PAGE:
If you had the chance to delete the most painful memories from your mind…. would you? If you could easily take a pill and have it selectively delete any evidence of negativity and harm from your mind, leaving only positive, happy memories… would you be the first in line?
I would guess that most people, regardless of what they’ve gone through in life, would choose to keep all their memories… good and bad… positive and negative. After all, it’s the collection of our experiences that make us who we are. If you’re happy with who you are now, you should be happy for everything that brought you there.
And that includes showing gratitude for it all… even the bad stuff.
Over a decade ago, I was going through a very bad time. In every area of my life – personally and professionally – things were at a low. Then I’d heard someone say, “Thank God for it all. Thank Him for the lesson.”
At first, this seemed crazy to me. People today talk a lot about gratitude, especially with the popularity of The Secret, but back then being grateful for your hurts was not the common sentiment in America. Remember all those talk shows where people blamed their poor childhoods for all the problems in their life? Well I had a rough upbringing, too, but I certainly didn’t want to whine about it. On the other hand, I couldn’t imagine being thankful for it, either.
Still, I was in so much pain that I was willing to try something new, so if being thankful for the bad stuff was something that would bring me peace, I’d do it. I got down on my knees and thanked God for everything: the biggest of which was my alcoholic father and everything that went with him – the rages, the embarrassment, the unpredictable behavior, the verbal abuse, the torment. All of it.
At first, my words of gratitude were hollow. An exercise. I still couldn’t quite believe them. I was still hurt, and when people are hurt they look for someone to blame. Being grateful removes blame.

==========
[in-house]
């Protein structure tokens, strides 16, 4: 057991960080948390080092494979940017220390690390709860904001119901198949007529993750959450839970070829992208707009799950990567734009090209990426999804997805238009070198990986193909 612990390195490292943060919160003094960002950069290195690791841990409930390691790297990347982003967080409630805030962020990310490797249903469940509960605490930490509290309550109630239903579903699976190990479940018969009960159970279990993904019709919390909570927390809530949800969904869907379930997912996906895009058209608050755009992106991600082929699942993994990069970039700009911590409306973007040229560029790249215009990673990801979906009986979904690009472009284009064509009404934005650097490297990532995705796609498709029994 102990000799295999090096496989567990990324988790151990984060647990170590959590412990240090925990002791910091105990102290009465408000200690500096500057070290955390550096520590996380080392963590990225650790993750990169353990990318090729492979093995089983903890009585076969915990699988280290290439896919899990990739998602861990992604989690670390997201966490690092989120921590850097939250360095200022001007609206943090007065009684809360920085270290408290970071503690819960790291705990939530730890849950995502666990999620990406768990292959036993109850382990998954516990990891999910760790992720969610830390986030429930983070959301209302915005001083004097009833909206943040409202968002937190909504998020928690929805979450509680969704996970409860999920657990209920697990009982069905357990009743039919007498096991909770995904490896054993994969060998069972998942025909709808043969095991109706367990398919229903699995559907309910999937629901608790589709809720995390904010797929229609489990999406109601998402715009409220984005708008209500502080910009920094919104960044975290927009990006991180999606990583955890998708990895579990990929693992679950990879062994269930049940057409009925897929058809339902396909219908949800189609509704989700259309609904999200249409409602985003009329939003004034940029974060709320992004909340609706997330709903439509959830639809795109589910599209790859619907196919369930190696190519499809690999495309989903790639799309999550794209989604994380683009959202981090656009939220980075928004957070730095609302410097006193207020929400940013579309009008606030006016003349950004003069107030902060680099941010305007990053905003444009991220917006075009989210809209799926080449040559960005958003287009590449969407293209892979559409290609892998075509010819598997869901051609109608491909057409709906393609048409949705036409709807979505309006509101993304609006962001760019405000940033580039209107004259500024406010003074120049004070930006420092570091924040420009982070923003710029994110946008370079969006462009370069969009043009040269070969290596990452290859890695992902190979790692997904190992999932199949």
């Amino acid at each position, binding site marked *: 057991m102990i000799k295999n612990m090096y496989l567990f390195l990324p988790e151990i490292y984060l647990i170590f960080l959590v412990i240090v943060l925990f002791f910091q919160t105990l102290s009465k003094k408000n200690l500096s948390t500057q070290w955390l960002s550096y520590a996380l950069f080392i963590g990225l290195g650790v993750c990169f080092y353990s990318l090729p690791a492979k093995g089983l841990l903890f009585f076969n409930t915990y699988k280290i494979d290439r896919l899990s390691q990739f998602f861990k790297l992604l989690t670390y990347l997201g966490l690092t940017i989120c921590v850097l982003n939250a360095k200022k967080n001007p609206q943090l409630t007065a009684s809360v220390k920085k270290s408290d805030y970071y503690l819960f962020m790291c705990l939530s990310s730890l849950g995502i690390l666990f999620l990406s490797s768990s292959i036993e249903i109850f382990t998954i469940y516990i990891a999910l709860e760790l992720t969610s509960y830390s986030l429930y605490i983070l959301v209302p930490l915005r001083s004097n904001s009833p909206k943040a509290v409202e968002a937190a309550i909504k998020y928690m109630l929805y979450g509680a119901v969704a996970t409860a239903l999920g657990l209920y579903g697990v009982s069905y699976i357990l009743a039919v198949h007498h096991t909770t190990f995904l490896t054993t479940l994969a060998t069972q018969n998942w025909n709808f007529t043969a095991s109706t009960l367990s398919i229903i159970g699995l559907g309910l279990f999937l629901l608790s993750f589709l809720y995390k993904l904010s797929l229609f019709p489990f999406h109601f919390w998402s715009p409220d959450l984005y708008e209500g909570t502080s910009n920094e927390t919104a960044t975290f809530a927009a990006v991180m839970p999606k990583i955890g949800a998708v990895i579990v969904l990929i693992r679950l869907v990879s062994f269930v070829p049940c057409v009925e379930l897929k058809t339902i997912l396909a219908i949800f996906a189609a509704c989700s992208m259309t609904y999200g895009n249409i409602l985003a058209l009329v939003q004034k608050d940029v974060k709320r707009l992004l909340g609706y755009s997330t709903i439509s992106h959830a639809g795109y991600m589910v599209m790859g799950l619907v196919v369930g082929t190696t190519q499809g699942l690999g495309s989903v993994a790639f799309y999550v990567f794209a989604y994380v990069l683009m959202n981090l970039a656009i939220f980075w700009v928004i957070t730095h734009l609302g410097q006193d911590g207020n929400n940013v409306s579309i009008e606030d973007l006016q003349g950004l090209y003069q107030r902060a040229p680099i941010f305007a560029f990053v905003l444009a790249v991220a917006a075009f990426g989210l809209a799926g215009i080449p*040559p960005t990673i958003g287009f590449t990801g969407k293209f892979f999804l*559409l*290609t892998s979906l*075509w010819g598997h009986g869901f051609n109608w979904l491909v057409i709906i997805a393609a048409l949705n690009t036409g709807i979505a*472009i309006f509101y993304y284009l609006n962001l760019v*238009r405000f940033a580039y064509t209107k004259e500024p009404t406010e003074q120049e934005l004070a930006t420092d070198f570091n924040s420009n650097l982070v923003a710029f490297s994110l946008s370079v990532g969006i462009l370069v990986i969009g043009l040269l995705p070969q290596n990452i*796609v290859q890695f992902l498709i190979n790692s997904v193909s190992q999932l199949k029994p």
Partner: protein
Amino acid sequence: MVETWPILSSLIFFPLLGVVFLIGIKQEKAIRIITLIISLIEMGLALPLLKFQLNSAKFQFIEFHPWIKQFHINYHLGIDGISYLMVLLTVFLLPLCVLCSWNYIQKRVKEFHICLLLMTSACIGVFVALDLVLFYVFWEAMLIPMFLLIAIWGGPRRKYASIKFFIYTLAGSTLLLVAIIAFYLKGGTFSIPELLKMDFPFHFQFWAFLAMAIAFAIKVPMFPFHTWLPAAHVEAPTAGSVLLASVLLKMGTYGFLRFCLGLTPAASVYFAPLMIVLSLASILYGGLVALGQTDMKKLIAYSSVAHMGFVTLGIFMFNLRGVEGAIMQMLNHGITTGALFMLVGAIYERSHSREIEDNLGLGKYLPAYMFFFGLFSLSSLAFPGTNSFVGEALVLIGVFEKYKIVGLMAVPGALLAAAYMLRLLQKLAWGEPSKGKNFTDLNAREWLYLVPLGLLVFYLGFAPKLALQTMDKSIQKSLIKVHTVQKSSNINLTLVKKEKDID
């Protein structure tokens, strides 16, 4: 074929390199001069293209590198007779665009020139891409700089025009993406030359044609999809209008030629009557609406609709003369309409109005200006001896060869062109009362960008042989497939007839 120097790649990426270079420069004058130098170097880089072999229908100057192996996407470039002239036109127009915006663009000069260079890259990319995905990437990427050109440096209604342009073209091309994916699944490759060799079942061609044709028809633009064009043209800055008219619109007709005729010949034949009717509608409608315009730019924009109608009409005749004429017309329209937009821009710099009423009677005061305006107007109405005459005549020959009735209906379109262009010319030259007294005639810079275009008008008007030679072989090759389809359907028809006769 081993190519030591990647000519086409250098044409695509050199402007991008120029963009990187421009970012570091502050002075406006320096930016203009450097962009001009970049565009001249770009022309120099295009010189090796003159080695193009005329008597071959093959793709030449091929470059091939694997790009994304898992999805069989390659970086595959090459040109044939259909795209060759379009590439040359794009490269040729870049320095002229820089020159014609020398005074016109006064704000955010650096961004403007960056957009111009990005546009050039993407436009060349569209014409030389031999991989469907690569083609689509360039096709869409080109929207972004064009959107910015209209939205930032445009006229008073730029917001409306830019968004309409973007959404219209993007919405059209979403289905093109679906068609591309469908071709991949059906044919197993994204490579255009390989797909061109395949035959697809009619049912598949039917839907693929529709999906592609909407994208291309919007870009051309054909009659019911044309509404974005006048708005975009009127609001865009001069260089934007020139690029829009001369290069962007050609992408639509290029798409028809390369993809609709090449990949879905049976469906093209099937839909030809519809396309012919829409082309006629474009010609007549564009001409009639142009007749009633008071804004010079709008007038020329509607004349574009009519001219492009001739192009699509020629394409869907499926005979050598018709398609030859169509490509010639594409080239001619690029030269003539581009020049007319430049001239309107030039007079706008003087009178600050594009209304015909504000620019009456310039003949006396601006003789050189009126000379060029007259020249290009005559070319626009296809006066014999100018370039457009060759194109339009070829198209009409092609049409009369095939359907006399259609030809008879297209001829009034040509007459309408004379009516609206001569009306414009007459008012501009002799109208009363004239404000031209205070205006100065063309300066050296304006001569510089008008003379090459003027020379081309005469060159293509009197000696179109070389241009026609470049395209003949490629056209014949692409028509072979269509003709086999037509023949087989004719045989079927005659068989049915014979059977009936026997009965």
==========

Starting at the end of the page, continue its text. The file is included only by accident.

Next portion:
As years went on, I could see how living with my father had shaped me. As a victim of verbal abuse, I knew the value of words. I was a different person than if I’d have had a father that treated me with love and respect – but that only meant I knew the value of love and respect in my own relationships. I behaved differently because of him. Even today, when my husband and I have an argument, we both tend to be very kind – we don’t hurl insults or say nasty things just to hurt the other person. We focus on the issue at hand, not on the person.
My father may not have been supportive of me, and certainly not of my writing, when I was a kid. But I can’t help thinking that wherever he is now he’s happy with the woman I am today – especially writing about my life in a way that will inspire others. I may not have fully felt those words of gratitude when I first said them all those years ago, but I know now that God was able to take them and make them real. And for that, I am truly grateful.